by Mike McHugh
I’ve always loved raising vegetables. That’s why, when I bought my first house, I got one with the biggest yard I could find. That was in Yankee Land, meaning that the yard had plenty of space for a single, containerized tomato plant.
When I moved to Louisiana, I was all gung-ho about the prospects of a big vegetable garden. What with the extended growing season and ample rain, I figured that stuff would grow like gangbusters. And I was right. The plants in my garden did extremely well—all but the ones that produce vegetables.
Compared to the local flora, vegetables are the 98-pound weaklings of the plant kingdom. The endemic giant hogweeds, which I swear I can hear taunting me whenever I start up the tiller, sit around just waiting for some namby-pamby radish to poke its first leaves out from the soil, and then, WHAM! They become like IRS agents on a delinquent taxpayer.
After several years of miserable failure trying raising vegetables here in Louisiana, I was ready to throw in the towel. I was telling this to a friend when she asked me, “Have you thought about growing okra?”
“About as much as I’ve thought about growing poison ivy,” I replied.
Okra may, technically, be a vegetable in the same way that Donald Trump is, technically, a Presidential candidate. The fact is, no one in Yankee Land eats okra. Even my old roommate, Jim, didn’t eat okra, and he was such a veggie fanatic that he even enjoyed Brussels sprouts—a vegetable that I’d believed God created solely for parents to serve to their children as a form of punishment. As a Yankee, the only exposure I’d ever had to the word “okra” was as an answer to the crossword puzzle clue, “gumbo veggie.” Then I discovered that most people around here don’t even use okra in gumbo.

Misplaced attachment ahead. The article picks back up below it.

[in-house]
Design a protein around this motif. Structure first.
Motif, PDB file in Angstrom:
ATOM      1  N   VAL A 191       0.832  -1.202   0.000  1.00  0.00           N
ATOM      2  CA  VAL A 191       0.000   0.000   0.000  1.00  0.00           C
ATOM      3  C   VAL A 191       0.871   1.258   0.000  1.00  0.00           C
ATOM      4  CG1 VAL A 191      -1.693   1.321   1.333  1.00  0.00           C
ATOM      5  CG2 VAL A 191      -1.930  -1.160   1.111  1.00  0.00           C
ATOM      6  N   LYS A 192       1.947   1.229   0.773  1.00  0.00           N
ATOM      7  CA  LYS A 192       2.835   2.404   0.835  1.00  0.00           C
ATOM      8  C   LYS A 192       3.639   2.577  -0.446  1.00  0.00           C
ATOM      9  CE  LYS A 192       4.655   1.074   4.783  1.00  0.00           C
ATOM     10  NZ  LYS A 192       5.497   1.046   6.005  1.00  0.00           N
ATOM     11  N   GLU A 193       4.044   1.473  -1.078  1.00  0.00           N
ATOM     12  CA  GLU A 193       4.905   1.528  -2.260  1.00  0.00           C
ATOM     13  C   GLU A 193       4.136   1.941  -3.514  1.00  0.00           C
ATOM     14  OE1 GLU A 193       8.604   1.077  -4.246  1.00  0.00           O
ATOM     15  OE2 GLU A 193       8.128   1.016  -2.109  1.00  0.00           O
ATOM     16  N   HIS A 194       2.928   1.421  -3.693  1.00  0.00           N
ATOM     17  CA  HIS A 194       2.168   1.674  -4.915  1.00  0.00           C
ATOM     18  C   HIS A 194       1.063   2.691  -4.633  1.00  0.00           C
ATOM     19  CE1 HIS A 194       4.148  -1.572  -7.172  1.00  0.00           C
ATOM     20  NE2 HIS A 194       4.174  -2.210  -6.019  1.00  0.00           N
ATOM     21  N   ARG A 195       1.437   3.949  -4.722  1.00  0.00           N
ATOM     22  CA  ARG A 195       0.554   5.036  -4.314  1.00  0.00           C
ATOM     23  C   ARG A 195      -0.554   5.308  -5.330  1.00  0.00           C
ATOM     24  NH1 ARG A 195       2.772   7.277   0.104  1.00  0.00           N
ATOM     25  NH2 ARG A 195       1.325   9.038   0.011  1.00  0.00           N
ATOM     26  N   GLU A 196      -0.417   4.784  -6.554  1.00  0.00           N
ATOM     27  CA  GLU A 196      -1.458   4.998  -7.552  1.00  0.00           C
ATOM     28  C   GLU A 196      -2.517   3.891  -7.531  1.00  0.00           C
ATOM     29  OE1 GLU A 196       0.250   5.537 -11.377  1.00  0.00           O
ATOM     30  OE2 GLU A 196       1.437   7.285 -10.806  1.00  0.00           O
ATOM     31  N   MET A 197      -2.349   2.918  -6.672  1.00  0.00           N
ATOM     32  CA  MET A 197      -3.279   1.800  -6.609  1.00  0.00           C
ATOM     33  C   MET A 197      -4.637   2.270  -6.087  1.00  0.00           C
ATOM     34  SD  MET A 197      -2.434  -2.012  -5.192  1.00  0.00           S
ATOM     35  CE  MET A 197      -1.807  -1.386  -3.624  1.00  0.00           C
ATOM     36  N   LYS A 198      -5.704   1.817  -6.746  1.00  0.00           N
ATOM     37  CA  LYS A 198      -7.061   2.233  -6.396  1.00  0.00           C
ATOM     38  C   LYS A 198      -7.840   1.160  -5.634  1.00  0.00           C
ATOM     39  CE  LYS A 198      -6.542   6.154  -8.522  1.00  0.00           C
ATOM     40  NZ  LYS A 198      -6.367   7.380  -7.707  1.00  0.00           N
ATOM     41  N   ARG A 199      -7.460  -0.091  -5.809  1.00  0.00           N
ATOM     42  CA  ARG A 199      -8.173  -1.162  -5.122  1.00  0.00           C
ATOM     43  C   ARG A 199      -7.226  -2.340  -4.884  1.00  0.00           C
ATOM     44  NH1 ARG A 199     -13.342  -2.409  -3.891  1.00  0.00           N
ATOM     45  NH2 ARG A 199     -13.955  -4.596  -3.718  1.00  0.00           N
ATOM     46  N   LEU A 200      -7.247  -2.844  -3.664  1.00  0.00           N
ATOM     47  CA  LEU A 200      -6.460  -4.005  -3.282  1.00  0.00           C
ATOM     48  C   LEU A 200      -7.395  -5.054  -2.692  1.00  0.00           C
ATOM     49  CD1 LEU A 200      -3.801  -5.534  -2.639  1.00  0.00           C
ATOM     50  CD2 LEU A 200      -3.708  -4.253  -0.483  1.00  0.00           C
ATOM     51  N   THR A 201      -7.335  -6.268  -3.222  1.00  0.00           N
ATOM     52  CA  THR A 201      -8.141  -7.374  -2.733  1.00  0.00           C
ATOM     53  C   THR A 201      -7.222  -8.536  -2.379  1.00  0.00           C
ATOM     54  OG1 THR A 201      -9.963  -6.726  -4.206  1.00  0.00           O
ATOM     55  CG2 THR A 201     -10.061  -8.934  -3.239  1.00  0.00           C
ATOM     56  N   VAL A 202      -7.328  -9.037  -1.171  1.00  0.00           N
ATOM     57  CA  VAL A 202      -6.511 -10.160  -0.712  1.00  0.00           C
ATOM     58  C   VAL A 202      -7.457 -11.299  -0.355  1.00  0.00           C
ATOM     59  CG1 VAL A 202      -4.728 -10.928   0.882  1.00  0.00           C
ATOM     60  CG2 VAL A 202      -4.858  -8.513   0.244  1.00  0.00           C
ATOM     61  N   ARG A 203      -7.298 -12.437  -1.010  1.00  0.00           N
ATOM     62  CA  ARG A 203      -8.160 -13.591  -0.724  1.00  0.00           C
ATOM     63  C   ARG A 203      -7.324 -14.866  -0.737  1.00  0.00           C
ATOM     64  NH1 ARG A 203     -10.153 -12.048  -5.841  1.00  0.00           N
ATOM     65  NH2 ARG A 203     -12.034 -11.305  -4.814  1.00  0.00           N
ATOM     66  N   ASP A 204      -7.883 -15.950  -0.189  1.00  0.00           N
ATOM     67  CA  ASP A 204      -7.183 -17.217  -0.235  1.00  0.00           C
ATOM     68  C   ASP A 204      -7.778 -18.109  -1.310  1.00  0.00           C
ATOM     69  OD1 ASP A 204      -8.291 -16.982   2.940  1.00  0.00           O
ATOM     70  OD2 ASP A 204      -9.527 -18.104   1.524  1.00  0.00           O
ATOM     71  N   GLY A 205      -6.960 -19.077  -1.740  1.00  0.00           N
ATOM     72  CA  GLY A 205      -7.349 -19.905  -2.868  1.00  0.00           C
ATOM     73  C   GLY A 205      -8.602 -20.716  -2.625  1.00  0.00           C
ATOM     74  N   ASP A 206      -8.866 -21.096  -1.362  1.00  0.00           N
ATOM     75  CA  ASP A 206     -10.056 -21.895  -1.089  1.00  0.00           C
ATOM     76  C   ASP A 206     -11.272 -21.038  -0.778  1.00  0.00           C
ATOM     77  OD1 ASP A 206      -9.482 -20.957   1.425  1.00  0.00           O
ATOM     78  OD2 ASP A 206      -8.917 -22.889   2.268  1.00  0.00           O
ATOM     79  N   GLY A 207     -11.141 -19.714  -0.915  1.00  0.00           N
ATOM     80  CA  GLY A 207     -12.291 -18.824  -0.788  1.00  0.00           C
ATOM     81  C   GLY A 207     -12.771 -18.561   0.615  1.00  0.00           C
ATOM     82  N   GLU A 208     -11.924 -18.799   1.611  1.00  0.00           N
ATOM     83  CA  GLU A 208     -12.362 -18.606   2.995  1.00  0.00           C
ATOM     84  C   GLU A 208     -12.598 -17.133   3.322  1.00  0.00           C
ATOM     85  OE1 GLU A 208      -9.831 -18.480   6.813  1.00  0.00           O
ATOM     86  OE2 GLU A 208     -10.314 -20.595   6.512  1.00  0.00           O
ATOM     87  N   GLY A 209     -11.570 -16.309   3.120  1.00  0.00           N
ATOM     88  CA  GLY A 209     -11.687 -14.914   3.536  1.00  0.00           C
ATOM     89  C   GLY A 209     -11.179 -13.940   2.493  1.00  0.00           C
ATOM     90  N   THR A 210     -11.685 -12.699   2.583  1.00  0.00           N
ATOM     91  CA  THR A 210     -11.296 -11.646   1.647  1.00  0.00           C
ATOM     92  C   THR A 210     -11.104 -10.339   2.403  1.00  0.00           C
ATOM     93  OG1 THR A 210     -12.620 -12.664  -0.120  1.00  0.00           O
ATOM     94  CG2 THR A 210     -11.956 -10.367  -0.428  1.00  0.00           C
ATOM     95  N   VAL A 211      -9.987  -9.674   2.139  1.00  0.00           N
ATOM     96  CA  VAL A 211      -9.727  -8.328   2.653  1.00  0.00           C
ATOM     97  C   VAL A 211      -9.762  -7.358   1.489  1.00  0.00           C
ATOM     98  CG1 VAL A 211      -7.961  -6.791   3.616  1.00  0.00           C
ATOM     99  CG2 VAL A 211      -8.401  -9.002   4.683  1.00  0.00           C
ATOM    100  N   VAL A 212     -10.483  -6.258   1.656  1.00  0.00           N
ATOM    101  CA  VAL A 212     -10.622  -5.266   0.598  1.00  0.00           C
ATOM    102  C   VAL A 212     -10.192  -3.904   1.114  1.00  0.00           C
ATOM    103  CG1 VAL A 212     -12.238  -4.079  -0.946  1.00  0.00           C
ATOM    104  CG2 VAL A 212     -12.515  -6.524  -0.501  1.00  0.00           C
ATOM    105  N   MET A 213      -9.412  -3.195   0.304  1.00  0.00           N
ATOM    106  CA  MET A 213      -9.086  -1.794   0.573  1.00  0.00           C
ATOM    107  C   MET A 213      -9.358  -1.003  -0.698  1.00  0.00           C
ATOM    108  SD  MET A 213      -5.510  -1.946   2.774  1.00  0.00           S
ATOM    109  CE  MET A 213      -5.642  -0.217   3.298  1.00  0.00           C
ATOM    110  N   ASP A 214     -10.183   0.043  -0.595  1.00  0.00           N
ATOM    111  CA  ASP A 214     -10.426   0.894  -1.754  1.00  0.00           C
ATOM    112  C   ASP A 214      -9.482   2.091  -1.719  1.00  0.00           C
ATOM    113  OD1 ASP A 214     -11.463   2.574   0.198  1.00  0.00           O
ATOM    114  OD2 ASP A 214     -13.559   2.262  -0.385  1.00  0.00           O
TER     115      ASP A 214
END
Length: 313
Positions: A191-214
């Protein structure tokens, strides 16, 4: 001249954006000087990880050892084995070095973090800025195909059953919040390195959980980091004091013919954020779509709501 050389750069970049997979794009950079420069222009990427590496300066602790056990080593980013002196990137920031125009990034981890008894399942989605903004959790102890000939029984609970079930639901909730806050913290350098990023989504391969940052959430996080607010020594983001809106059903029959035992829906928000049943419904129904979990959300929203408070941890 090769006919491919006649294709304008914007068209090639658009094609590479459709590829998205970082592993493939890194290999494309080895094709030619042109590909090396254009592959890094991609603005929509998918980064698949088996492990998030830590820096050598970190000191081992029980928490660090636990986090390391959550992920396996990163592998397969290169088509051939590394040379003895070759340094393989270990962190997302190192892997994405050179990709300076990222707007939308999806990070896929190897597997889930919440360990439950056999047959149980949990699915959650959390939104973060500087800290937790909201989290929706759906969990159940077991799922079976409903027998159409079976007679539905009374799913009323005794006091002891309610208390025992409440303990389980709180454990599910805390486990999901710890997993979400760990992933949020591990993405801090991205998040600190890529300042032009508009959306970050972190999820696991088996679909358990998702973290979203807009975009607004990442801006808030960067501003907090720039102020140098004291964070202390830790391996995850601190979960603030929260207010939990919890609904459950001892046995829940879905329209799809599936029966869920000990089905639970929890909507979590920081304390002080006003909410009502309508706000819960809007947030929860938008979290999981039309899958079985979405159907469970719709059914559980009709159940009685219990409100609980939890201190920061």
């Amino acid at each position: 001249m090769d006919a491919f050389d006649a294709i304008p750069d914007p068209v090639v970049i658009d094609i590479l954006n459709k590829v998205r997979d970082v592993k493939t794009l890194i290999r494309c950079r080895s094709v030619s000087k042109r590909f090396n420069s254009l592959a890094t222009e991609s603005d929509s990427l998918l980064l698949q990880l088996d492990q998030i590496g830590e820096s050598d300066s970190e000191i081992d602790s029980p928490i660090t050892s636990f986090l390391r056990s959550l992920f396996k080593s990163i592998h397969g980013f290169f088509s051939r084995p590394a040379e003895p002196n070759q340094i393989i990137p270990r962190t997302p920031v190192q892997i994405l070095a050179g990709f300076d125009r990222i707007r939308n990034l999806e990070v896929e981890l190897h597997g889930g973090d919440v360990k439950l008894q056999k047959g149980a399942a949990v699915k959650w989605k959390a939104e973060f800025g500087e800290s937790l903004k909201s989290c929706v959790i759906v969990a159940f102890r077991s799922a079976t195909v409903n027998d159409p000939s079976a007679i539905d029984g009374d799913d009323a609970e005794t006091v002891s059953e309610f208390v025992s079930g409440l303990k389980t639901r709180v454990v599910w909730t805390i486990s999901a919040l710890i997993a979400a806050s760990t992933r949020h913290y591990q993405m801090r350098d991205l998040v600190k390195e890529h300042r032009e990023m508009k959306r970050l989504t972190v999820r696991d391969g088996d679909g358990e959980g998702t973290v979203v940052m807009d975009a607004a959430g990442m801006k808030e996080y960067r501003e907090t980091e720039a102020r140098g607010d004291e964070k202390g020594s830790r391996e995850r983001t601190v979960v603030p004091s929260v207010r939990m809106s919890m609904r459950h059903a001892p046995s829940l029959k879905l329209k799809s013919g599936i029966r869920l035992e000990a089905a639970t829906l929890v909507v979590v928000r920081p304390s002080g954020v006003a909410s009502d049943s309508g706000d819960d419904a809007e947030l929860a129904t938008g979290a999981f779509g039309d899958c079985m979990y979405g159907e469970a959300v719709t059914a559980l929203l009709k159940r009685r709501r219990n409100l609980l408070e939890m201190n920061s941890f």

Thus, I was faced with the unenviable choice of planting okra or giving up vegetable gardening altogether. So I tried it, all the while imagining the hogweed snorting “harrumph” as I set the seedlings into the ground.
The results astounded me. In no time, I had okra plants shooting up to the sky. They were looking to reach Fi-fi-fo-fum Land without breaking a sweat. I swore I saw the hogweed cowering out in the drainage ditch.
Then came the bounty. The okra pods came so fast and furious that I had to set a lawn chair in the garden, my wife and I trading round-the-clock shifts to keep up with the harvest. Okra pods were growing faster than the Congress could spend money.
The only problem was what to do with all of it. I had to figure out something fast, before our mound of okra got declared as the highest point in the state. Desperate, I searched the Internet for an emergency recipe.
I found one that involved stewing the okra with tomatoes, onion, and bacon. Since three out of the four ingredients sounded okay, I tried it. It was surprisingly tasty. Added three times the amount of bacon than the recipe called for might have had something to do with it.
So now, we’re having stewed okra and tomatoes every night. I’m slowly working down my stockpile of okra pods, but the bad news is that I might have to sell the pickup truck to pay off my bill at the meat market.
I wonder if the neighbors wouldn’t object terribly if I started a hog farm as my next agricultural endeavor.